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Bloch's theorem can be stated as: $$ |\Psi_{n\vec{k}}\rangle=e^{i\vec{k}\cdot\vec{r}}|u_{n\vec{k}}(\vec{r})\rangle \tag{1} $$ where $|\Psi_{n\vec{k}}\rangle$ is the solution of single electron Schrodinger equation: $$ (T+V)|\psi_n(\vec{k})\rangle=H|\psi_{n\vec{k}}\rangle =E_{n\vec{k}}|\psi_{n\vec{k}}\rangle \tag{2} $$ with $V(\vec{r}+\vec{R})=V(\vec{r})$ [$\vec{R}$ is the translational vector in real space], and $u_{n\vec{k}}(\vec{r})$ in Eq.(1) is periodical in $\vec{R}$. By multiplying $e^{-i\vec{k}\cdot\vec{r}}$ on both sides of Eq.(2), we find: $$ \bar{H}|u_{n\vec{k}}(\vec{r})=E_{n\vec{k}}|u_{n\vec{k}}\rangle \tag{3} $$ where $\bar{H} \equiv e^{-i\vec{k}\cdot\vec{r}} H e^{+i\vec{k}\cdot\vec{r}}$. From this eigenequation, we can obtain the completeness relation: $$ \sum_n |u_{n\vec{k}}(\vec{r})\rangle \langle u_{n\vec{k}}(\vec{r})|=1 \tag{4} $$ and also this completeness relation: $$ \int d\vec{k} \sum_n |u_{n\vec{k}}(\vec{r})\rangle \langle u_{n\vec{k}}(\vec{r})|=1 \tag{5} $$ Now my question is which one is correct? It seems that Eq.(4) is usually used in the community of solid-state physics while Eq.(5) is generally used in the community of nonlinear optics.

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2 Answers 2

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I start from the other existing answer, but I elaborate. Also in the question, the source of confusion is in part due to the bad notation.

One can consider a wave function which depends on spin $s$ and position $x$, i.e. $\psi_{N}(x,s)$. Now, suppose you can write it as $\psi_{n\sigma}(x,s)=\phi_{n\sigma}(x)\chi_\sigma(s)$ with $N=\{n\sigma\}$ (this is possible if spin orbit coupling (SOC) is neglected in condensed matter). Then you have \begin{eqnarray} \sum_\sigma |\chi_\sigma\rangle\langle\chi_\sigma|=1 \tag{1}\\ \sum_n |\phi_{n\sigma}\rangle\langle\phi_{n\sigma}|=1 \tag{2} \end{eqnarray} and in general \begin{eqnarray} \sum_\sigma \sum_n |\psi_{n\sigma}\rangle\langle\psi_{n\sigma}|=1 \tag{3} \end{eqnarray} Notice that, for each spin channel $\sigma$ there is a complete basis set generated by the eigenstates of the spin dependent Hamiltonian $h_\sigma$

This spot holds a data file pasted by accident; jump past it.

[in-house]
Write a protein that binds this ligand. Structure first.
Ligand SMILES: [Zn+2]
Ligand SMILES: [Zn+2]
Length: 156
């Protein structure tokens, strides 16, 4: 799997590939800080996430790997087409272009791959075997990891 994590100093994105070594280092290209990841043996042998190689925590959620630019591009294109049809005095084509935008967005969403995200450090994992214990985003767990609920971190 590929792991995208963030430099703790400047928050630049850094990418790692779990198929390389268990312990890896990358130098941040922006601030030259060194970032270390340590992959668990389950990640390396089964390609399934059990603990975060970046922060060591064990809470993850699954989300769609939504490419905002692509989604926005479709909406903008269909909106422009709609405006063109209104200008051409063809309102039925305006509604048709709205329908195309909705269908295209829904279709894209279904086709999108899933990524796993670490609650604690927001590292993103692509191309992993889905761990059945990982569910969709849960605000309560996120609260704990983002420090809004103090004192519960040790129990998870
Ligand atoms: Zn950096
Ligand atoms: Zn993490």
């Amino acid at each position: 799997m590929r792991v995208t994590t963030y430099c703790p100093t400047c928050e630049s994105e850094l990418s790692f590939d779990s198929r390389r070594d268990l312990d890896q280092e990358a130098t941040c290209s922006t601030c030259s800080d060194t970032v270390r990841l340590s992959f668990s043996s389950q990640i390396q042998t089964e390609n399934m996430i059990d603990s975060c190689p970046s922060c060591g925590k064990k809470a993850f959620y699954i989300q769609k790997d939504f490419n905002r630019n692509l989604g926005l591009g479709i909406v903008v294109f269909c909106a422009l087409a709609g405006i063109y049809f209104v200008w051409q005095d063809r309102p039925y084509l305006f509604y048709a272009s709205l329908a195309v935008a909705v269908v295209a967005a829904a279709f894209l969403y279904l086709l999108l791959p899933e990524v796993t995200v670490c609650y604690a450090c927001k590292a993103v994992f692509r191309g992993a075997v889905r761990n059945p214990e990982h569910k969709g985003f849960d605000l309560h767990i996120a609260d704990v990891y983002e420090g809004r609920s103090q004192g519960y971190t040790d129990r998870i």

If you see the parallel with block states, you can do the same and define $\Psi_{nk}(r+R)=u_{nk}(r)e^{ik(r+R)}$. Let me define $e_k(x)=e^{ikx}$ the exponential function. You obtain \begin{eqnarray} \sum_n |u_{nk}\rangle\langle u_{nk}|=1 \tag{4}\\ \int dk |e_k\rangle\langle e_k|=1 \tag{5} \end{eqnarray} and \begin{eqnarray} \sum_n \int dk |\Psi_{nk}\rangle\langle\Psi_{nk}|=1\tag{6} \end{eqnarray}

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    $\begingroup$ +1. Welcome to our community by the way! We hope to see much more of you in the future! I added equation numbers so that people can say "Eq. 5" instead of "the second equation from the bottom" when citing this answer. $\endgroup$ Commented Jul 10, 2022 at 2:15
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"From this eigenequation, we can obtain the completeness relation"

You don't need that eigenequation to obtain the completeness relation. As long as you have a "complete" set of orthonormal vectors in a Hilbert Space (for example $n$ linearly independent vectors in an $n$-dimensional Hilbert space) the completeness relation holds. More about this has been discussed on the Physics Stack Exchange.

Some Hilbert spaces have a finite dimension (for example, the operators describing spin-1/2 particles) and the completeness relation is $\sum_n |\psi_n\rangle \langle \psi_n | $ where the number of terms in the sum is the dimension of the Hilbert space (which is finite, and equal to 2 in the case of spin-1/2 particles, equal to in the case of spin-1 particles, equal to 4 in the case of spin-3/2 particles, etc.). But some Hilbert spaces are used for continuous quantum mechanical variables such as the position $\hat{x}$, in which the completeness relation is $\int |\psi_x\rangle \langle \psi_x|\textrm{d}x$.

What you're seeing in Eq. 5 is the combination of two completeness relations. For example if you have wavefunctions which depend on spin $\hat{s}$ and position $\hat{x}$ at the same time, then we have the following two completeness relations:

\begin{eqnarray} \sum_s |\psi_{sx}\rangle \langle \psi_{sx}| &= 1 \tag{1}\\ \int |\psi_{sx}\rangle \langle \psi_{sx}| \textrm{d}x&= 1. \tag{2}\\ \end{eqnarray}

Combining the two, we get:

\begin{eqnarray} \int \sum_s |\psi_{sx}\rangle \langle \psi_{sx}|\textrm{d}x &= 1.\tag{3} \end{eqnarray}

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